Local News

Zebulon Youth Overcoming Funnel Chest

Posted August 6, 2001

— Imagine that you are in peak physical condition, and the next day, you can not even run around the yard. Sounds unbelievable, but it happened to a 14-year-old Zebulon boy. He was diagnosed with funnel chest, a condition where the chest actually begins to cave in.

Owen Hutchings has always been active. But two years ago, his chest started caving in, and he could not run or play for long without getting winded.

"After 20 minutes or so, he wouldn't be able to run around or kick the ball, and he'd have to take time out," said Owen's father, Steven Hutchings.

Owen has pectus excavatum, a condition also known as funnel chest. In this condition, the chest itself collapses for some reason, and no one really knows why.

Funnel chest is more common in boys. In most cases, the diagnosis comes at the worst possible time: puberty, a time when young boys are already self-conscious enough about their bodies.

That is why the Hutchings family decided Owen should have surgery to correct the problem.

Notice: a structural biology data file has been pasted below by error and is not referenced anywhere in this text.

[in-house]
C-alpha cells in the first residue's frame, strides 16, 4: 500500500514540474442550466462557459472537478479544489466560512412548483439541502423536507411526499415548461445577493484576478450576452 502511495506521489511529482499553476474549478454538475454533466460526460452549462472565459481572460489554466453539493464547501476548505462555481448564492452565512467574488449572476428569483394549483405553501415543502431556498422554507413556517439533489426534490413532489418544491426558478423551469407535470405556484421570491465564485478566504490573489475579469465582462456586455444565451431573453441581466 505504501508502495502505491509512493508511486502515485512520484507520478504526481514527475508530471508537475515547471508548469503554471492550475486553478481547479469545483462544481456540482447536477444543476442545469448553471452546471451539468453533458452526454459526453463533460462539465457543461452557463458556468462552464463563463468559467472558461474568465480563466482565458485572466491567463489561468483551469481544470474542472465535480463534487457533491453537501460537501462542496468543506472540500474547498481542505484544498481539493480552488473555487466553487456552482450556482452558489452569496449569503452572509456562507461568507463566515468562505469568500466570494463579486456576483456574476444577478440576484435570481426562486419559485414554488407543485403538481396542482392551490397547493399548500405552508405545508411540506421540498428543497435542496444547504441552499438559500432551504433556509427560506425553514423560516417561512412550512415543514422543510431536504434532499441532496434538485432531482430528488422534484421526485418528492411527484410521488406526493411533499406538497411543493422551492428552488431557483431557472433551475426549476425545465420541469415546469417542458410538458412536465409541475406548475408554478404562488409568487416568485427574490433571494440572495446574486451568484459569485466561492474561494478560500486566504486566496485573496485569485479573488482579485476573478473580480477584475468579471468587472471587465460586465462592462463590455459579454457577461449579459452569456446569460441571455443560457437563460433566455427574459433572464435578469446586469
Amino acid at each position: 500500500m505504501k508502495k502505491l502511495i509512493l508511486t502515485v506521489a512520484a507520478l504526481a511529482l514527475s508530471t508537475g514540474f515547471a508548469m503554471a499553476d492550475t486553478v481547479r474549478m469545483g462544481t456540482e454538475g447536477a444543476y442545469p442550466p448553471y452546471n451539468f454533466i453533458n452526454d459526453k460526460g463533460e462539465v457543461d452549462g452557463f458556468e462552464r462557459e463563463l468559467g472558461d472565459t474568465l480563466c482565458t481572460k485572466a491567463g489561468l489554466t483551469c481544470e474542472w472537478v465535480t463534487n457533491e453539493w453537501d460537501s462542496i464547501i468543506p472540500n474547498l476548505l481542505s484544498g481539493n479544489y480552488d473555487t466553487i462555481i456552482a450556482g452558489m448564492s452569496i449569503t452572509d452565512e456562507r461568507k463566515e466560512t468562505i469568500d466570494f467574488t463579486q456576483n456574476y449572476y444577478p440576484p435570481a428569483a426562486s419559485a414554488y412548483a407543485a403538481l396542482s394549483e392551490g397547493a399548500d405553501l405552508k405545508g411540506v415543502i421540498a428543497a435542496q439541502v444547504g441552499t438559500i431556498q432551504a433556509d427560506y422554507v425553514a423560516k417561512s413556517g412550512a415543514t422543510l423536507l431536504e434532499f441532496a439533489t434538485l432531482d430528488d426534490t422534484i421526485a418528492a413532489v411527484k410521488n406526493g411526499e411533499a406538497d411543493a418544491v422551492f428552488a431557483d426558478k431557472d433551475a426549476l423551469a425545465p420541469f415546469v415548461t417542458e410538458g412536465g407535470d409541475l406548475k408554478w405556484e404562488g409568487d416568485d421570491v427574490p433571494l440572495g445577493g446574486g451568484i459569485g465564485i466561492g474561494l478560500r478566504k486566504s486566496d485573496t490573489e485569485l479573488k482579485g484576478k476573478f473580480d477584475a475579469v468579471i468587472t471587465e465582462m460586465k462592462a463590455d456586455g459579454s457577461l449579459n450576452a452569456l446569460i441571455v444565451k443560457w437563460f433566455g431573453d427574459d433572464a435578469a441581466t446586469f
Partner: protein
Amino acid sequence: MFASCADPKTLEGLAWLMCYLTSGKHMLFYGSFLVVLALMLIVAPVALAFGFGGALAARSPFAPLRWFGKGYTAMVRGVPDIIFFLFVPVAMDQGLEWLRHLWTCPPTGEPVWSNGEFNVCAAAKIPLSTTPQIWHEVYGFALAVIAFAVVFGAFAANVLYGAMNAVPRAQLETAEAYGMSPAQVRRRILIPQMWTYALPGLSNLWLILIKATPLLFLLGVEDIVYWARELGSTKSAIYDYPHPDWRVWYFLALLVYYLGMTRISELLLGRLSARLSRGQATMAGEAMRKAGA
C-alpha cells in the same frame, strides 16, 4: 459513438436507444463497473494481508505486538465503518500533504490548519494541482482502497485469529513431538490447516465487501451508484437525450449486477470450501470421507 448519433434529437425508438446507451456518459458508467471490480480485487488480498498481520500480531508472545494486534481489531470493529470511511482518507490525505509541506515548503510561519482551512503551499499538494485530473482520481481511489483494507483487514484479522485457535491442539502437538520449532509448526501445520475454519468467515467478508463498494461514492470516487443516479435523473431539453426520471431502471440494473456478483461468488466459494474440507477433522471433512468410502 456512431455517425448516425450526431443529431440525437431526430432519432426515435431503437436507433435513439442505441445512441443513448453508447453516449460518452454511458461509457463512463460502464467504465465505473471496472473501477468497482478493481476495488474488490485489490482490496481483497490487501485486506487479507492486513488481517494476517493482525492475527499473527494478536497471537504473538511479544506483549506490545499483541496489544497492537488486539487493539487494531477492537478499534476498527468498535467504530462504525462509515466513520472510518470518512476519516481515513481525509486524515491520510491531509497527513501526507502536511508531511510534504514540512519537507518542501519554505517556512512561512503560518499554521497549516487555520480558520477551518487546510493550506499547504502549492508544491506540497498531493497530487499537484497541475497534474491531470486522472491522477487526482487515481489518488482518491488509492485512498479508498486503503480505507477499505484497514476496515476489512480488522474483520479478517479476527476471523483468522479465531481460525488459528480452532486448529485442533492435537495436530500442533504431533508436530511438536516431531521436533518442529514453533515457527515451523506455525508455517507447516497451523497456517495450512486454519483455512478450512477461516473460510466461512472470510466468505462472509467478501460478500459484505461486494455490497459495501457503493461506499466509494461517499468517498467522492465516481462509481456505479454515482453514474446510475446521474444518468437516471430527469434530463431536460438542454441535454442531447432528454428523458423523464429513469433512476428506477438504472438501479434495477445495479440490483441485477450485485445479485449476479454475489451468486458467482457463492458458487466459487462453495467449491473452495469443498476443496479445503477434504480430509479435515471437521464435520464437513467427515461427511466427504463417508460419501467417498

Owen had surgery June 19 at WakeMed. During the procedure, surgeons made two small incisions in Owens' chest and used a tiny camera to navigate inside. Dr. Don Nakayama inserted a bar under the sternum to raise the chest and hold it in place.

Six weeks after the surgery, Owen does not mind showing off his new physique, and keeps the X-ray of the bar in his chest as a souvenir.

"I can't feel it anymore because my body has gotten used to it," he said.

He will start high school in a few weeks, and is ready to start playing sports again.

"I'm going to try out for soccer and track, but not football," Hutching laughed.

Hutching spent five days at WakeMed after the surgery, which is typical. The total recovery time, however, is about two years.


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